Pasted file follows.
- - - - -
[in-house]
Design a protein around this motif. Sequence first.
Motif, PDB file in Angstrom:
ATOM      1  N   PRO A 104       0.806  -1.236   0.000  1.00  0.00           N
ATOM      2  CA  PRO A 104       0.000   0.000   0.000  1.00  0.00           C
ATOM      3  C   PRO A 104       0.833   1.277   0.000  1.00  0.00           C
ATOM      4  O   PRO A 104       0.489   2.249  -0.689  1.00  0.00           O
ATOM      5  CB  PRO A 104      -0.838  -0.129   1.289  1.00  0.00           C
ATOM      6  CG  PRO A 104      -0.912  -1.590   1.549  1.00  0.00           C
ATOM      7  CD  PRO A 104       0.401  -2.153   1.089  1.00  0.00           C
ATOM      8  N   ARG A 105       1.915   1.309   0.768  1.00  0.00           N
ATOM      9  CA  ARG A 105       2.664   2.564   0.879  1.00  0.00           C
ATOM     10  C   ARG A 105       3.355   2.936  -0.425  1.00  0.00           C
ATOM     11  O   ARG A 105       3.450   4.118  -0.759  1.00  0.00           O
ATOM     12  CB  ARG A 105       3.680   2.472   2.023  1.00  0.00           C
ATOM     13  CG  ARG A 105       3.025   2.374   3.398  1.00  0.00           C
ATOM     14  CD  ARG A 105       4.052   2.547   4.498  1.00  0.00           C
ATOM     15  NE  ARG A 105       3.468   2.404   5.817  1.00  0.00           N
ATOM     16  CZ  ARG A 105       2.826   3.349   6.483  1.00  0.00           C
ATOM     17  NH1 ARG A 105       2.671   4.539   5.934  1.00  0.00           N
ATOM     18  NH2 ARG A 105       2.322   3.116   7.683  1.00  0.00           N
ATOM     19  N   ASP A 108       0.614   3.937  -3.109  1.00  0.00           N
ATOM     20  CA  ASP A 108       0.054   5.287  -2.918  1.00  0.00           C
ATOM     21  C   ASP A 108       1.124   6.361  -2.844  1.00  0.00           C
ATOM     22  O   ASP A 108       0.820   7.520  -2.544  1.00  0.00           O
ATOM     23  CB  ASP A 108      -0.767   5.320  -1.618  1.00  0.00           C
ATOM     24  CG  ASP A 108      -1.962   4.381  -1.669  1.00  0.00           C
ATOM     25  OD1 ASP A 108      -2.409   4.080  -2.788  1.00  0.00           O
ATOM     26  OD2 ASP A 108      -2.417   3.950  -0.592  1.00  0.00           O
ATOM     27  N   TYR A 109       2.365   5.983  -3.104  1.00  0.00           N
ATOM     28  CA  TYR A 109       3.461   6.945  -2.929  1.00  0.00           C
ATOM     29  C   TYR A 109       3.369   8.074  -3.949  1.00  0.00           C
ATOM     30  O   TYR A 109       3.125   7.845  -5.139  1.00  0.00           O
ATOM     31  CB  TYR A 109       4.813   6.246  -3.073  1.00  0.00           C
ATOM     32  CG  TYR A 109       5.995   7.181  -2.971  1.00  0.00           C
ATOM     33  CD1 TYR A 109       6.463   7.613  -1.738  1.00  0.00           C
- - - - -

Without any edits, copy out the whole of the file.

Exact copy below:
[in-house]
Design a protein around this motif. Sequence first.
Motif, PDB file in Angstrom:
ATOM      1  N   PRO A 104       0.806  -1.236   0.000  1.00  0.00           N
ATOM      2  CA  PRO A 104       0.000   0.000   0.000  1.00  0.00           C
ATOM      3  C   PRO A 104       0.833   1.277   0.000  1.00  0.00           C
ATOM      4  O   PRO A 104       0.489   2.249  -0.689  1.00  0.00           O
ATOM      5  CB  PRO A 104      -0.838  -0.129   1.289  1.00  0.00           C
ATOM      6  CG  PRO A 104      -0.912  -1.590   1.549  1.00  0.00           C
ATOM      7  CD  PRO A 104       0.401  -2.153   1.089  1.00  0.00           C
ATOM      8  N   ARG A 105       1.915   1.309   0.768  1.00  0.00           N
ATOM      9  CA  ARG A 105       2.664   2.564   0.879  1.00  0.00           C
ATOM     10  C   ARG A 105       3.355   2.936  -0.425  1.00  0.00           C
ATOM     11  O   ARG A 105       3.450   4.118  -0.759  1.00  0.00           O
ATOM     12  CB  ARG A 105       3.680   2.472   2.023  1.00  0.00           C
ATOM     13  CG  ARG A 105       3.025   2.374   3.398  1.00  0.00           C
ATOM     14  CD  ARG A 105       4.052   2.547   4.498  1.00  0.00           C
ATOM     15  NE  ARG A 105       3.468   2.404   5.817  1.00  0.00           N
ATOM     16  CZ  ARG A 105       2.826   3.349   6.483  1.00  0.00           C
ATOM     17  NH1 ARG A 105       2.671   4.539   5.934  1.00  0.00           N
ATOM     18  NH2 ARG A 105       2.322   3.116   7.683  1.00  0.00           N
ATOM     19  N   ASP A 108       0.614   3.937  -3.109  1.00  0.00           N
ATOM     20  CA  ASP A 108       0.054   5.287  -2.918  1.00  0.00           C
ATOM     21  C   ASP A 108       1.124   6.361  -2.844  1.00  0.00           C
ATOM     22  O   ASP A 108       0.820   7.520  -2.544  1.00  0.00           O
ATOM     23  CB  ASP A 108      -0.767   5.320  -1.618  1.00  0.00           C
ATOM     24  CG  ASP A 108      -1.962   4.381  -1.669  1.00  0.00           C
ATOM     25  OD1 ASP A 108      -2.409   4.080  -2.788  1.00  0.00           O
ATOM     26  OD2 ASP A 108      -2.417   3.950  -0.592  1.00  0.00           O
ATOM     27  N   TYR A 109       2.365   5.983  -3.104  1.00  0.00           N
ATOM     28  CA  TYR A 109       3.461   6.945  -2.929  1.00  0.00           C
ATOM     29  C   TYR A 109       3.369   8.074  -3.949  1.00  0.00           C
ATOM     30  O   TYR A 109       3.125   7.845  -5.139  1.00  0.00           O
ATOM     31  CB  TYR A 109       4.813   6.246  -3.073  1.00  0.00           C
ATOM     32  CG  TYR A 109       5.995   7.181  -2.971  1.00  0.00           C
ATOM     33  CD1 TYR A 109       6.463   7.613  -1.738  1.00  0.00           C